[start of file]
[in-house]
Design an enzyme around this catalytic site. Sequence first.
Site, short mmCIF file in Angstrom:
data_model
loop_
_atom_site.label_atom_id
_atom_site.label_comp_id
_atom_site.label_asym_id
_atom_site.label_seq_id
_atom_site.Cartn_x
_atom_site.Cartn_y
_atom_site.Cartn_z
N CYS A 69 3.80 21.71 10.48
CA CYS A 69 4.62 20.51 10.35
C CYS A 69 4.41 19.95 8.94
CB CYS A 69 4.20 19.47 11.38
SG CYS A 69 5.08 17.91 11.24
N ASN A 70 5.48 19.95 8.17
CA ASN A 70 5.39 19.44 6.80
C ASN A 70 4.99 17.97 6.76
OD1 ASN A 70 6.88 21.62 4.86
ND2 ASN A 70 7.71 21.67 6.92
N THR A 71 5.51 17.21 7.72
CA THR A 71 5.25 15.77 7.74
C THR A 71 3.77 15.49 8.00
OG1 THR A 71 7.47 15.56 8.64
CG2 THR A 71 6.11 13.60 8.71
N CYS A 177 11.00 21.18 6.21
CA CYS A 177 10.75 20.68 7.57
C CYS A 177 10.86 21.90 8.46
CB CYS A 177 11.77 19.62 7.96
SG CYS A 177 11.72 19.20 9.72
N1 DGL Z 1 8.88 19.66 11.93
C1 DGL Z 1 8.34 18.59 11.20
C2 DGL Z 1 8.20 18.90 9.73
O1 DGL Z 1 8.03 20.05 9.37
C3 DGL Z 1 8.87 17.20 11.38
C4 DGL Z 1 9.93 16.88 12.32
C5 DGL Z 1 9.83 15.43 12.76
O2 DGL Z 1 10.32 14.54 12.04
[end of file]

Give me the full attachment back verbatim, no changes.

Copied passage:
[in-house]
Design an enzyme around this catalytic site. Sequence first.
Site, short mmCIF file in Angstrom:
data_model
loop_
_atom_site.label_atom_id
_atom_site.label_comp_id
_atom_site.label_asym_id
_atom_site.label_seq_id
_atom_site.Cartn_x
_atom_site.Cartn_y
_atom_site.Cartn_z
N CYS A 69 3.80 21.71 10.48
CA CYS A 69 4.62 20.51 10.35
C CYS A 69 4.41 19.95 8.94
CB CYS A 69 4.20 19.47 11.38
SG CYS A 69 5.08 17.91 11.24
N ASN A 70 5.48 19.95 8.17
CA ASN A 70 5.39 19.44 6.80
C ASN A 70 4.99 17.97 6.76
OD1 ASN A 70 6.88 21.62 4.86
ND2 ASN A 70 7.71 21.67 6.92
N THR A 71 5.51 17.21 7.72
CA THR A 71 5.25 15.77 7.74
C THR A 71 3.77 15.49 8.00
OG1 THR A 71 7.47 15.56 8.64
CG2 THR A 71 6.11 13.60 8.71
N CYS A 177 11.00 21.18 6.21
CA CYS A 177 10.75 20.68 7.57
C CYS A 177 10.86 21.90 8.46
CB CYS A 177 11.77 19.62 7.96
SG CYS A 177 11.72 19.20 9.72
N1 DGL Z 1 8.88 19.66 11.93
C1 DGL Z 1 8.34 18.59 11.20
C2 DGL Z 1 8.20 18.90 9.73
O1 DGL Z 1 8.03 20.05 9.37
C3 DGL Z 1 8.87 17.20 11.38
C4 DGL Z 1 9.93 16.88 12.32
C5 DGL Z 1 9.83 15.43 12.76
O2 DGL Z 1 10.32 14.54 12.04